XP Day: Cynefin & Agile (Joseph Pelrine/Steve Freeman)
Another session that I attended at XP Day was one facilitated by Steve Freeman and Joseph Pelrine where we discussed the Cynefin model, something that I first came across earlier in the year at XP 2011.
We spent the first part of the session drawing out the model and coming up with some software examples which might fit into each domain.
- Simple - when you're going to checkin run the build
- Complicated - certain types of architectural decisions
- Complex - task estimation
- Chaos - startup explosion
Steve pointed out that with simple/complicated the important thing to remember is that things on the right hand side are repeatable whereas on the other side we could do the same thing again and get a completely different result.
The most interesting part of the discussion for me was when Chris Matts joined in and suggested that in his experience people generally preferred to be in one of the quadrants more than the others.
He used Dan North as his example, suggesting that Dan prefers to be in chaotic situations.
I think I like being in the complex domain when you don’t really know what’s going to happen. I find it quite boring when things are predictable.
Traditional project managers would probably prefer to be in the simple/complicated domains because things are a bit more certain over that size.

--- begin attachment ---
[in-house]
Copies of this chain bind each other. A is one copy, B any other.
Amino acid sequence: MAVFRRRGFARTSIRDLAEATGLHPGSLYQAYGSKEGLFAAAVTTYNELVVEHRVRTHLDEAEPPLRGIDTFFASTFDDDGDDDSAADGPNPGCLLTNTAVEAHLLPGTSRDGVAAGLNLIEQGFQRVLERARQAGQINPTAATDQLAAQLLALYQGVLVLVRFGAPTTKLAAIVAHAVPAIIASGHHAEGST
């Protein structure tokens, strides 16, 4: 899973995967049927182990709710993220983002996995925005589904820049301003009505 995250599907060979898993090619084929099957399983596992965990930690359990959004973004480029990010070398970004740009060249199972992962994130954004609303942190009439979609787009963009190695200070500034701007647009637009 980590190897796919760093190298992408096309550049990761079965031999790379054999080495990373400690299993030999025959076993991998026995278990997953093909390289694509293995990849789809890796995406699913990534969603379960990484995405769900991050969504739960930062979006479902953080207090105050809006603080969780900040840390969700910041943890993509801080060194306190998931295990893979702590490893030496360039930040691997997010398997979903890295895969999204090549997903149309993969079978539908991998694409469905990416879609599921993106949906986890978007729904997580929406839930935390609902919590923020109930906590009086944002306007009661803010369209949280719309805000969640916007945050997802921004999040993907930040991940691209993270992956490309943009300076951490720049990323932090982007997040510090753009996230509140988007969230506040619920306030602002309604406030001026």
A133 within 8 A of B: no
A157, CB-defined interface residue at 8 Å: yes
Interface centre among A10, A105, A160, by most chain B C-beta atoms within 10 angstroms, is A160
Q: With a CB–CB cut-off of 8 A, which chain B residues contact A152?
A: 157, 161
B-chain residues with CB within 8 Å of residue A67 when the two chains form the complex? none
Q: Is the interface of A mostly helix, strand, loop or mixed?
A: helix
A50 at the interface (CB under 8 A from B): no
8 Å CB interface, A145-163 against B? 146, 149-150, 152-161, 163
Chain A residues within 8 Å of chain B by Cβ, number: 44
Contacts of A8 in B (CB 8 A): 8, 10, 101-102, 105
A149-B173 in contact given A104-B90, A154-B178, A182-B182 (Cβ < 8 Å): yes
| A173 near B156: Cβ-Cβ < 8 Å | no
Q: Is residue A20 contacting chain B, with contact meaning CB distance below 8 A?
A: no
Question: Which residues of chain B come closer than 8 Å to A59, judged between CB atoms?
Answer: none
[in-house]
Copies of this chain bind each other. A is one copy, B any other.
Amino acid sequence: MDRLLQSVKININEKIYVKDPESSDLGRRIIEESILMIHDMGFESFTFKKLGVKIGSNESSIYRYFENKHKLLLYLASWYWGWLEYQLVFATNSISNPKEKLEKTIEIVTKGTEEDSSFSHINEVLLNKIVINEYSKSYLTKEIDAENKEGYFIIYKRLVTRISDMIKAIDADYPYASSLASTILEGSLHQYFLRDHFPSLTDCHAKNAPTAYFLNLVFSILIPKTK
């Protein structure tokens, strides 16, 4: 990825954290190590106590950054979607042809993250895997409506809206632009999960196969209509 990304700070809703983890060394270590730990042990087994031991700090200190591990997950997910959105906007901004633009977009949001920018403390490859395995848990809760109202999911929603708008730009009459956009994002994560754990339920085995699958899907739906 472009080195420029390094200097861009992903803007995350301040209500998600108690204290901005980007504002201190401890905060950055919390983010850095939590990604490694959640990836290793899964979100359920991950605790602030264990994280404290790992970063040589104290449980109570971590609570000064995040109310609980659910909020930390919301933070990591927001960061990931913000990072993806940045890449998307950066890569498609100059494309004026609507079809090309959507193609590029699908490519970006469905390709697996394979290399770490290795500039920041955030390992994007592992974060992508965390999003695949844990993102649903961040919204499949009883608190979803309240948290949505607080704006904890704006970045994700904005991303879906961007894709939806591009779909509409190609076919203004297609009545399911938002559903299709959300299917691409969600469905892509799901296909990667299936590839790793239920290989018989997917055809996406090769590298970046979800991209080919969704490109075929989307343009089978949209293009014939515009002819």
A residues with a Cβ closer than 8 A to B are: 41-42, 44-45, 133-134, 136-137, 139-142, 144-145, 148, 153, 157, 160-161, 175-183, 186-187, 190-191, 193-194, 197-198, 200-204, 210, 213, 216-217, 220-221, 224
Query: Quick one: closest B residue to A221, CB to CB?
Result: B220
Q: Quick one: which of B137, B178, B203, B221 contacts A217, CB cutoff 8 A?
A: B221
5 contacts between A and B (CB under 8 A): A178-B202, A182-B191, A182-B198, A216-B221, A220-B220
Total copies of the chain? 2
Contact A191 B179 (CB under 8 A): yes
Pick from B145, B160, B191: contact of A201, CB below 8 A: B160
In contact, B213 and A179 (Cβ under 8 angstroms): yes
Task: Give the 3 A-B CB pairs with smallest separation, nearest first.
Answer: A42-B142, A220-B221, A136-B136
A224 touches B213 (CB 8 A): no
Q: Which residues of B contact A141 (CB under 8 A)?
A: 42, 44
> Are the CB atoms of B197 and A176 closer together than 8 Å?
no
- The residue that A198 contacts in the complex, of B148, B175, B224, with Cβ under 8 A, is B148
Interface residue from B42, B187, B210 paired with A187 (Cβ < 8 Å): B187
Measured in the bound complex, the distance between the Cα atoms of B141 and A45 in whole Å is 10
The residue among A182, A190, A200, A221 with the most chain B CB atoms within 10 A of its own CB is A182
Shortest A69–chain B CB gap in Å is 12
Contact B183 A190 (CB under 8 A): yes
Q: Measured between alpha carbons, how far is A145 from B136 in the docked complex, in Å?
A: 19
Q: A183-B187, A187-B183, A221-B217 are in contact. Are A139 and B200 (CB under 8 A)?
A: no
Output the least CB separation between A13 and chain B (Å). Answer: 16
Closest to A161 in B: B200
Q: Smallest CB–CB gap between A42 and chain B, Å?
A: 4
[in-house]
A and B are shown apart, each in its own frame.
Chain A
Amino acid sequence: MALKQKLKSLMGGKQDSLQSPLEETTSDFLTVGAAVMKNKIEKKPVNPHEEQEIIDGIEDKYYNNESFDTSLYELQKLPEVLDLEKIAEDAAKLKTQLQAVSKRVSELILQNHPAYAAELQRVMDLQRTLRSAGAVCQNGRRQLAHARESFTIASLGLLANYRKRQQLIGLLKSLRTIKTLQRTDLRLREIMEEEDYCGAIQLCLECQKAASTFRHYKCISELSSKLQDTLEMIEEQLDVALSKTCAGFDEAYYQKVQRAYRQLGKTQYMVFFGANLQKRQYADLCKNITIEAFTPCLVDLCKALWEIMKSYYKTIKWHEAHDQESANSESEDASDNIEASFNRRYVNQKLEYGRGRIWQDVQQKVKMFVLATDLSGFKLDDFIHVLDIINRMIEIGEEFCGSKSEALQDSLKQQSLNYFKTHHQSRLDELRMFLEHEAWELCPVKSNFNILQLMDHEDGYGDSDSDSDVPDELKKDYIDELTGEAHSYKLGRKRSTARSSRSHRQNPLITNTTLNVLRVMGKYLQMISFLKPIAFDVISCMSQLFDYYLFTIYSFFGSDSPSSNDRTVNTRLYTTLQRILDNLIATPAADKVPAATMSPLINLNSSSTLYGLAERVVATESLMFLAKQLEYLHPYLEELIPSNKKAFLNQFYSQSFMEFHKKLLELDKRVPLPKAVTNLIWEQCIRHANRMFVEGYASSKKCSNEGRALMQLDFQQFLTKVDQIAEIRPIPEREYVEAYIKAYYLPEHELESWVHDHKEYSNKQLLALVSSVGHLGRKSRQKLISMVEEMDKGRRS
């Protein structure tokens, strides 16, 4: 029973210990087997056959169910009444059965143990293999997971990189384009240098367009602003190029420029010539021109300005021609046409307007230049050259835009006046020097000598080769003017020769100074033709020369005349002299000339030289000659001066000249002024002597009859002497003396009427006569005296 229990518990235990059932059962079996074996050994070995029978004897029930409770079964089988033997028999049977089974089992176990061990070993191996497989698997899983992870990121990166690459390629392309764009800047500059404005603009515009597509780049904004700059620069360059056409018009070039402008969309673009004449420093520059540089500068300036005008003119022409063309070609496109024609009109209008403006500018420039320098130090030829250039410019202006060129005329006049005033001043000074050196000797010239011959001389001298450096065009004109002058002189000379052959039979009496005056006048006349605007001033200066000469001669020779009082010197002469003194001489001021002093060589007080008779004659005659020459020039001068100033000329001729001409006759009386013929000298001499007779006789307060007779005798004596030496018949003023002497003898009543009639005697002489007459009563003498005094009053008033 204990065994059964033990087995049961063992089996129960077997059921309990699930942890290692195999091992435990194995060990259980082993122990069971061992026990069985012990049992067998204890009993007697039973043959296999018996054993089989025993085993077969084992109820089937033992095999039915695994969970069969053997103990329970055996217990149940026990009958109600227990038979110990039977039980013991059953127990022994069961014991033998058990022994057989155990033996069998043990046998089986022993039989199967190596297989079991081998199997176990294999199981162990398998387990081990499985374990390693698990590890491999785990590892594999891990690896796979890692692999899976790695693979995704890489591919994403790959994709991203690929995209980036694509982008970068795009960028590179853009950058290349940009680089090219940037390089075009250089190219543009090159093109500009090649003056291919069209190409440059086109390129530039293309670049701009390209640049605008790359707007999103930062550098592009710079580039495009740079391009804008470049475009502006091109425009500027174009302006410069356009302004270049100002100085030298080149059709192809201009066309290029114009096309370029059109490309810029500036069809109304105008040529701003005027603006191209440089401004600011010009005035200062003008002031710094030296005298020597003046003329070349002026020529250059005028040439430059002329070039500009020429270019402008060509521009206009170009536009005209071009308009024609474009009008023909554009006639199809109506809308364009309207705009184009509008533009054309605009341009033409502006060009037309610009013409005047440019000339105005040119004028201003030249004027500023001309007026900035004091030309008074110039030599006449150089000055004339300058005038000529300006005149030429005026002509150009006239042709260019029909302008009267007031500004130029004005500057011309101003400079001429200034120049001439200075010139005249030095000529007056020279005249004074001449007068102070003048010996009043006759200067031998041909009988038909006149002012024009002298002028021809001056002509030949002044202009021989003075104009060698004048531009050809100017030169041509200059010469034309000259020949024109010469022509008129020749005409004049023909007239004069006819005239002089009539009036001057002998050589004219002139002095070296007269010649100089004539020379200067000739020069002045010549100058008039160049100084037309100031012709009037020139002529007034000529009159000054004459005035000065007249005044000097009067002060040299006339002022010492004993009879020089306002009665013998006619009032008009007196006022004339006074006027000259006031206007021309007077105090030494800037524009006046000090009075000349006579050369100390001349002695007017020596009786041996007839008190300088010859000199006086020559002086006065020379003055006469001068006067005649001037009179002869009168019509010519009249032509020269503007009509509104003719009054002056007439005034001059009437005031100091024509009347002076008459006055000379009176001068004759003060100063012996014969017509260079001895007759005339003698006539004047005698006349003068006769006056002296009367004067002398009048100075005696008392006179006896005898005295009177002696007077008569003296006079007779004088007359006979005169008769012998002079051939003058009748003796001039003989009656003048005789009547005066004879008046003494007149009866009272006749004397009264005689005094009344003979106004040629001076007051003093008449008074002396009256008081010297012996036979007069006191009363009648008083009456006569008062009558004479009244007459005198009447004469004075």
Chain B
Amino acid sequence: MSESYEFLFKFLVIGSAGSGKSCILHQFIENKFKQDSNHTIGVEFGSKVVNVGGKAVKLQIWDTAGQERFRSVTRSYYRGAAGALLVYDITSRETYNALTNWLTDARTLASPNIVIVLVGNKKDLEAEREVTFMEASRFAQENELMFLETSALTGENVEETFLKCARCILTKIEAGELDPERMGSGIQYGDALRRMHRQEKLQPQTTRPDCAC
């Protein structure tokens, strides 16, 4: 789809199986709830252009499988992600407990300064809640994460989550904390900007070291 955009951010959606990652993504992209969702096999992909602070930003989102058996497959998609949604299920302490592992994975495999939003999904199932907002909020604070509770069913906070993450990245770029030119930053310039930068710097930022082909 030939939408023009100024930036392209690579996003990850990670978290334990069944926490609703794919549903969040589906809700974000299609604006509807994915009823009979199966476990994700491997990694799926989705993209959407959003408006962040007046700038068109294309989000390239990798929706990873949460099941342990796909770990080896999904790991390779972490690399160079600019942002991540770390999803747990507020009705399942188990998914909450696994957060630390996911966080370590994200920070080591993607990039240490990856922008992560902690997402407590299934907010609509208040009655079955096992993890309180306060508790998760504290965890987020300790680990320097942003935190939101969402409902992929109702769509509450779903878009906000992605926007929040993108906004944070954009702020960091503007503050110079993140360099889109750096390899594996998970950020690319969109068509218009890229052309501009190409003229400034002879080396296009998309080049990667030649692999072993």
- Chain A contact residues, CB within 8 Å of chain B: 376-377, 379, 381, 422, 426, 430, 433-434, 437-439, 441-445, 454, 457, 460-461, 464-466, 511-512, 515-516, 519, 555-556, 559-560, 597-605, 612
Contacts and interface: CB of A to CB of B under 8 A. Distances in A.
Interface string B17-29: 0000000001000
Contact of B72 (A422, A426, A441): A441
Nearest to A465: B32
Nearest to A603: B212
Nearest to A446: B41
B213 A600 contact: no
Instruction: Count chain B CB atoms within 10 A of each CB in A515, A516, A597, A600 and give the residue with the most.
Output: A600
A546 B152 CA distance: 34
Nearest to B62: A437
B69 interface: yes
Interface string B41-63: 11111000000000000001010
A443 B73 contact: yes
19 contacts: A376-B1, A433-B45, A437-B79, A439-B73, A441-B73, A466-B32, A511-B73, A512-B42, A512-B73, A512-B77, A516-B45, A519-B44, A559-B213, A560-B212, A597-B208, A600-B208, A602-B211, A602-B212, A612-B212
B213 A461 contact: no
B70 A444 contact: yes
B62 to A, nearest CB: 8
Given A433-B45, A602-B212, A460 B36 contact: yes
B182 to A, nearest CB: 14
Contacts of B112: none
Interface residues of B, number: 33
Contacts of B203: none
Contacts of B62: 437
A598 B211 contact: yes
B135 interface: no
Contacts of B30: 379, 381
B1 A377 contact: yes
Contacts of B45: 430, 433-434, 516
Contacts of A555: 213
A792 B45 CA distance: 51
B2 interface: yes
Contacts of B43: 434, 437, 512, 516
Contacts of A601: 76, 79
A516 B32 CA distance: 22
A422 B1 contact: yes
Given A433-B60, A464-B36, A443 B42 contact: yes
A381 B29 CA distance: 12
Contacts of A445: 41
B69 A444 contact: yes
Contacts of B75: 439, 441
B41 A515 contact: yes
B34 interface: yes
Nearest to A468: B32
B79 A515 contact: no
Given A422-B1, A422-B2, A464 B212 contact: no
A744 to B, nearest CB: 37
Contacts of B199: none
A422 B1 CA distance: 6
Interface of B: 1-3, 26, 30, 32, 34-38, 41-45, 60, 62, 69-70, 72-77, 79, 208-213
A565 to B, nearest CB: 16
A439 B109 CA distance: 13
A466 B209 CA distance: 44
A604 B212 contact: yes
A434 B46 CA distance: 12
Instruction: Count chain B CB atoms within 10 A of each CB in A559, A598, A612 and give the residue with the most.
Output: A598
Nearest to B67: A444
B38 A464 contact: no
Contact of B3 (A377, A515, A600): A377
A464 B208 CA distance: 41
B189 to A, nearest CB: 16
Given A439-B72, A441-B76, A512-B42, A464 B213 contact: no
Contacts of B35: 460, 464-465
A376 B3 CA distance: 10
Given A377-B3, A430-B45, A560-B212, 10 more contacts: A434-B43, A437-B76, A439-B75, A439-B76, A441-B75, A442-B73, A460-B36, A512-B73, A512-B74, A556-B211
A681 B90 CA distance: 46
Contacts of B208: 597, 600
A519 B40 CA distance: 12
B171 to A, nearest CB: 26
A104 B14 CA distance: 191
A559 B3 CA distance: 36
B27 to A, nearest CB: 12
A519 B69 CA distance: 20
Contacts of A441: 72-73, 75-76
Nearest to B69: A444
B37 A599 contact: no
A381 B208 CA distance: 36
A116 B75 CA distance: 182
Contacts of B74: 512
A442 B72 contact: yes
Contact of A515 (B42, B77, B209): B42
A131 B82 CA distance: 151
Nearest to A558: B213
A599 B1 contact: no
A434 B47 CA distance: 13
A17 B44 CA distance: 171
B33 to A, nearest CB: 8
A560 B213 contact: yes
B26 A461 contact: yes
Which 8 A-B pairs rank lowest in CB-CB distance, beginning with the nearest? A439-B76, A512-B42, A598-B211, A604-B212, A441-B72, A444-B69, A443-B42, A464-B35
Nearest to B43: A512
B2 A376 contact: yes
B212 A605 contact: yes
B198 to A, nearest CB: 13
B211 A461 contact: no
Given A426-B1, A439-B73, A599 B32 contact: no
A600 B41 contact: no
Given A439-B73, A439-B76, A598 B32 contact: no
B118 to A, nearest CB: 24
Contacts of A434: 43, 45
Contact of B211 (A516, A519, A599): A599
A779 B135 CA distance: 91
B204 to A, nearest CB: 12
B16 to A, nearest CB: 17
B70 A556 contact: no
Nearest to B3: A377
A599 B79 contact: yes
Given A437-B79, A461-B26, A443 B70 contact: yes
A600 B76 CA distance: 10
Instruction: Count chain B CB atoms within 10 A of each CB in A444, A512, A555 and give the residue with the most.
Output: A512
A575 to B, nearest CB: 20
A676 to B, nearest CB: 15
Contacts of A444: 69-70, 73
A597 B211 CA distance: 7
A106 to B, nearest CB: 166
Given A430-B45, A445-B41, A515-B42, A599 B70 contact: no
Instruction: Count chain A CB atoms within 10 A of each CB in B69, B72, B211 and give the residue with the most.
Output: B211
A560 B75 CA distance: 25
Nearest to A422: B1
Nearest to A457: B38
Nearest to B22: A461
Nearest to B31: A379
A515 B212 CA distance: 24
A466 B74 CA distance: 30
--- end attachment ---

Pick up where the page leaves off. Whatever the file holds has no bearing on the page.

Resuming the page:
Liz and I were discussing afterwards whether that tendency is what tends to lead to people becoming generalists rather than specialists.
If you were to become a specialist in a subject then it would suggest to me that a lot of your time would be spent in the complicated domain honing your skills.
Another discussion was around the desire when building systems to try and move the building of that system, which originally starts off being complex, into the complicated and finally into the simple domain.
Nat Pryce pointed out that we can often end up pushing a system back into chaos if we try and force it into the simple domain.
Pushing something into simple would suggest that anyone would be able to make changes to it without having any specialist/expert skills.
Someone else in the group pointed out that it’s often been thought that we can make the programming of systems something so simple that anyone can do it but that so far that theory has been proved false.
Overall this was an interesting session for me and it makes it a bit easier to understand some of the things that I see in the projects that I work on.
Recommended reading from the session
- Sense and Respond by Stephen Parry
- Joseph Perline on Social Complexity & Coaching Self Organising Teams